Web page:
Another thing happened when I made that decision: It empowered me and allowed me to take back control. For the first few weeks of this process, I felt helpless. I was scared. But in choosing to remove my breasts, I played an active role in my health, which I felt had been taken away from me.
Of course, COVID-19 added a layer of complications to the double mastectomy surgery process. I had to get tested for the virus a couple times before surgery, and if I was infected, I would have to prolong treatment, which I didn’t want to do. This definitely added a layer of stress, but thankfully, I was cleared.
Another thing that was really hard was the change in visitation rules—I wasn’t able to have guests afterward. The anticipation of waking up and being alone and not being able to hold my husband’s hand was really scary for me. But I will say, the anticipation was actually worse than the experience itself. I had an amazing team at the hospital, I was able to FaceTime my husband, and I only had to stay one night. Ultimately, I made it through, and the surgery went well.
As I write this, I'm recovering from that double mastectomy. (I can even lift my arms above my head now—a huge win in my surgery recovery process.) Later this month, I’ll also start chemotherapy. I don't necessarily know what's in store for me during that part of my journey, but looking back at what I've already been through, it's nothing I can't handle.
Getting diagnosed with breast cancer—and then undergoing treatment for it—during a pandemic has certainly been an experience. It's taught me to appreciate my body and its strengths, it's reinforced my love and gratitude for those around me (especially my mom, who had also previously undergone a mastectomy, so I had someone to talk to who had been through this). It also taught me to stop taking the little things for granted.
If I can pass along one thing to other women that I've learned from this experience, especially right now, it's that under no circumstances—not even a pandemic—should you cancel your necessary cancer screenings and routine checkups. I think my physician, Dr. Buruiana, said it best: "Nobody should be scared of doctor visits and imaging at this time. It's tremendously important."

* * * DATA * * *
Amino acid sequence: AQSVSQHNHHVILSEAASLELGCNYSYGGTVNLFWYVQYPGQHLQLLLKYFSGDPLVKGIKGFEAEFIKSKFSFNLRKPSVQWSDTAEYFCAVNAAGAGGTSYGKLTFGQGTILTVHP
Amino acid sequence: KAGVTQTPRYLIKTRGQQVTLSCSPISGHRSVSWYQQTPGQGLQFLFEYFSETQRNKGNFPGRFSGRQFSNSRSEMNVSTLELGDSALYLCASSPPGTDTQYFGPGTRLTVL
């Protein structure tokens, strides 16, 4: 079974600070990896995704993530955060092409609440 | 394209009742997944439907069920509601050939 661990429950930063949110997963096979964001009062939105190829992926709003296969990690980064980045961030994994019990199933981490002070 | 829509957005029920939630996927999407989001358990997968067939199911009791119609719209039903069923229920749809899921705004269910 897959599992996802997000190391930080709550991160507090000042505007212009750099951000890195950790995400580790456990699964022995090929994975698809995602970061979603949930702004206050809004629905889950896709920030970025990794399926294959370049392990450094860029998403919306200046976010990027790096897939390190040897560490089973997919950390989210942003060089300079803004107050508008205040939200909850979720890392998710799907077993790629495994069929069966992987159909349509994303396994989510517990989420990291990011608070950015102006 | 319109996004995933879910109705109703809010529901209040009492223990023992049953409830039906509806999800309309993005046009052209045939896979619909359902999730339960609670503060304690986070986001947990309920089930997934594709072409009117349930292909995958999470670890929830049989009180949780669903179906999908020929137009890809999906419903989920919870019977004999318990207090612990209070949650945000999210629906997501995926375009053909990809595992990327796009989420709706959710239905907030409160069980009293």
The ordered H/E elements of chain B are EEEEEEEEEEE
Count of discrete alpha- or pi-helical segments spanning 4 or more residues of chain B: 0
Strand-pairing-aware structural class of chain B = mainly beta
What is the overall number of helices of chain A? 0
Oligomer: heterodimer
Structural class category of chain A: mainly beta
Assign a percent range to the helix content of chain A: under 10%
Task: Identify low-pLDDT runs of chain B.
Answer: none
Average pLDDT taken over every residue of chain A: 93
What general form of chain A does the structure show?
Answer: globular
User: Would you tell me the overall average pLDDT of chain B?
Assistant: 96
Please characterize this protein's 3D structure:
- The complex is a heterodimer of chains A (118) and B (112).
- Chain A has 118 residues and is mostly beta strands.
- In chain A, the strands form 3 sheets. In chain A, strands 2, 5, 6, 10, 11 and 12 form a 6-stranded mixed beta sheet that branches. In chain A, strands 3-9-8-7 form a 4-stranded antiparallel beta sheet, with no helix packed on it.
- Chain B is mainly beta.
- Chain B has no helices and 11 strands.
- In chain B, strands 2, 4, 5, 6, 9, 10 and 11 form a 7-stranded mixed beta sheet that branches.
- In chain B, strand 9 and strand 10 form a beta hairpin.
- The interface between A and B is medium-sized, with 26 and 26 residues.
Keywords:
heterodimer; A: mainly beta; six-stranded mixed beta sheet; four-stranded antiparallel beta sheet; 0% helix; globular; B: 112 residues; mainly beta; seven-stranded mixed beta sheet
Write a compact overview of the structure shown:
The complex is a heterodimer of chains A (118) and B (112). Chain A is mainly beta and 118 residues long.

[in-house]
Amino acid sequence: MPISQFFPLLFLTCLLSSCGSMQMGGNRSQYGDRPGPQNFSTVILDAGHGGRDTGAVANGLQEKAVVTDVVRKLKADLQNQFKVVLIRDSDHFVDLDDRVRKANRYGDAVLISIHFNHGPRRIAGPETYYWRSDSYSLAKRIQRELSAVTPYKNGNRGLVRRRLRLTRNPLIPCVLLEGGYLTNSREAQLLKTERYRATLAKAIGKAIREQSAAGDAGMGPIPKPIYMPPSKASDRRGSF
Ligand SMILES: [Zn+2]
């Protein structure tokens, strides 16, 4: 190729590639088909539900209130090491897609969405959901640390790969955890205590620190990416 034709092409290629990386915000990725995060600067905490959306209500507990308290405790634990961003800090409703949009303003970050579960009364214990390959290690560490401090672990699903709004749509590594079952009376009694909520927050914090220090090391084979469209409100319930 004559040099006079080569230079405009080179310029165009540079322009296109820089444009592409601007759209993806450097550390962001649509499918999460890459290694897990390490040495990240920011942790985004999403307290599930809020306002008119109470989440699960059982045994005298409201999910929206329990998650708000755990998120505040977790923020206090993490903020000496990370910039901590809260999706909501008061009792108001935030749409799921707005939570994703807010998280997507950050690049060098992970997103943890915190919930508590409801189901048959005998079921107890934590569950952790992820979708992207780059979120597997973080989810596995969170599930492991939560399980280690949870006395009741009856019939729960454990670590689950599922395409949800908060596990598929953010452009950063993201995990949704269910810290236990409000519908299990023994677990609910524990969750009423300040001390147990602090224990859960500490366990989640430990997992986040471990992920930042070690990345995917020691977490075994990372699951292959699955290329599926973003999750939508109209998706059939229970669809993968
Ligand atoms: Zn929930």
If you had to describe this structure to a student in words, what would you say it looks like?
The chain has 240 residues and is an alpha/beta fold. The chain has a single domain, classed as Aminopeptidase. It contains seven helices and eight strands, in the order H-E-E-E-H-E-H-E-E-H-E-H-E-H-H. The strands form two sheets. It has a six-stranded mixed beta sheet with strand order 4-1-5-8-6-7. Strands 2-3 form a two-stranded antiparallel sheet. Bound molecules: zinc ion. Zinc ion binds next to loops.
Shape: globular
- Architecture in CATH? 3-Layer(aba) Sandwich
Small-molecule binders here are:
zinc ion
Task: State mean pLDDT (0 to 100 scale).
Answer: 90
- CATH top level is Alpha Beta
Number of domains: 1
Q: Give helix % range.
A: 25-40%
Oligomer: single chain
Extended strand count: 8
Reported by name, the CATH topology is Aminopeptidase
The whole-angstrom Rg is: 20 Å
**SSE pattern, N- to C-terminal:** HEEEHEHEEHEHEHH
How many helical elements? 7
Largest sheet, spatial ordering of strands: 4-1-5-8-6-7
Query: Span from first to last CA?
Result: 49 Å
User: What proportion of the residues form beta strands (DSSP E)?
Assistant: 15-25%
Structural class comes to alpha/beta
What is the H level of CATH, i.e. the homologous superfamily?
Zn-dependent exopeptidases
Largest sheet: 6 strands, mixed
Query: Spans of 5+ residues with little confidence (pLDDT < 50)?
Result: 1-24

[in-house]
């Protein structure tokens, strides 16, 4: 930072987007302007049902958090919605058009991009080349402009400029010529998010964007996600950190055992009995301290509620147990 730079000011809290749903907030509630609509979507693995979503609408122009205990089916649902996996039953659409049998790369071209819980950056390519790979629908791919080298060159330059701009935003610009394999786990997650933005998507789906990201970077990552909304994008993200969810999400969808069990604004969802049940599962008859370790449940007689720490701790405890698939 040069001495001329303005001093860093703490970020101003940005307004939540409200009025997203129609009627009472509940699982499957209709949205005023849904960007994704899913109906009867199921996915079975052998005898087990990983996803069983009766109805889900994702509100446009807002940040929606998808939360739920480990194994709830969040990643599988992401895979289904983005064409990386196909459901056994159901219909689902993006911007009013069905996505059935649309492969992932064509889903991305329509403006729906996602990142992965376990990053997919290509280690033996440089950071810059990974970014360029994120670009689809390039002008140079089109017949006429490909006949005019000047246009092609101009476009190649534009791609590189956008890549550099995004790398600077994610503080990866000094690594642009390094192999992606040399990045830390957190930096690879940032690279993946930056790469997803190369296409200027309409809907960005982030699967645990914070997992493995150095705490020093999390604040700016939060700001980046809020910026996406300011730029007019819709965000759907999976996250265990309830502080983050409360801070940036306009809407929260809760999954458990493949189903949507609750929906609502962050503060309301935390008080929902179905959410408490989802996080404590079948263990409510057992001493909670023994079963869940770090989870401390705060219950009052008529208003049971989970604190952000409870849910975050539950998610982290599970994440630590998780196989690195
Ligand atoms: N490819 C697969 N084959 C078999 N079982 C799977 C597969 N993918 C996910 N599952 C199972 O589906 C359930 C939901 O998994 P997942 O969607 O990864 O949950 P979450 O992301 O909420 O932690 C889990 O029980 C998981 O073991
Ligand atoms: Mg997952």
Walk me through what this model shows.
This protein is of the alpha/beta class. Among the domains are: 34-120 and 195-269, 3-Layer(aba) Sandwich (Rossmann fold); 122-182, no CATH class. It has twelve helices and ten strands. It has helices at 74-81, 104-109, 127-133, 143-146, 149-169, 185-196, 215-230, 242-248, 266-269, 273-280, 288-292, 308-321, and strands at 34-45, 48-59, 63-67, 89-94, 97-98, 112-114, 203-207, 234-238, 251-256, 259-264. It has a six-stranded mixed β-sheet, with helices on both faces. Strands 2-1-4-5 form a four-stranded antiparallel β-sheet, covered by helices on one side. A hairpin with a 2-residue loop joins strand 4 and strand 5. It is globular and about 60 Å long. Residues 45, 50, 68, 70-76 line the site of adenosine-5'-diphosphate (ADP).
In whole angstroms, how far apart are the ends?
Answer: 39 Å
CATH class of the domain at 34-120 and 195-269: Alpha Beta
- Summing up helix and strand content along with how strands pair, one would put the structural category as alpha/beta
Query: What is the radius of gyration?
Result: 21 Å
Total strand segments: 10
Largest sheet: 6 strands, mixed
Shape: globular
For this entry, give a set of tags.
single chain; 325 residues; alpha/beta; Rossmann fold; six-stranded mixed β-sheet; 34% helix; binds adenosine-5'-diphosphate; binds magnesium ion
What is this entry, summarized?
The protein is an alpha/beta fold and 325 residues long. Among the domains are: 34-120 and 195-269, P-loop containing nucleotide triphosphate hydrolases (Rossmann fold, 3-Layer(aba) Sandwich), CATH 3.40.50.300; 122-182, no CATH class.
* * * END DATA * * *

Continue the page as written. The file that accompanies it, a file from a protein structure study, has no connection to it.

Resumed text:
Finding a proactive doctor like my own Dr. Buruiana is important, too. I truly feel like she saved my life. It may take some research and trial-and-error, but you want to find an ob-gyn who will give you the time you need; initiate open, honest communication about breast health (and encourage you to do the same); and treat you like an individual—not just a diagnosis. Dr. Buruiana would actually call me after hours and on the weekends just to check in on me. Finding a doctor who is not only smart and knowledgeable is key, but also someone who’s compassionate and who’s going put in the time is just as important.
I've felt many things in the weeks since my diagnosis and surgery: anger, sadness, discomfort, pain, joy, relief. But the one thing I've never felt, not even once, was regret. All of the decisions I've made recently—from keeping that checkup scheduled for July to deciding to remove both of my breasts—I’ve made because I felt confident that they were the right thing to do for my health. Cancer doesn’t discriminate so being an active participant in your own health journey, and being a bold advocate for yourself, is the most important thing a woman can do.
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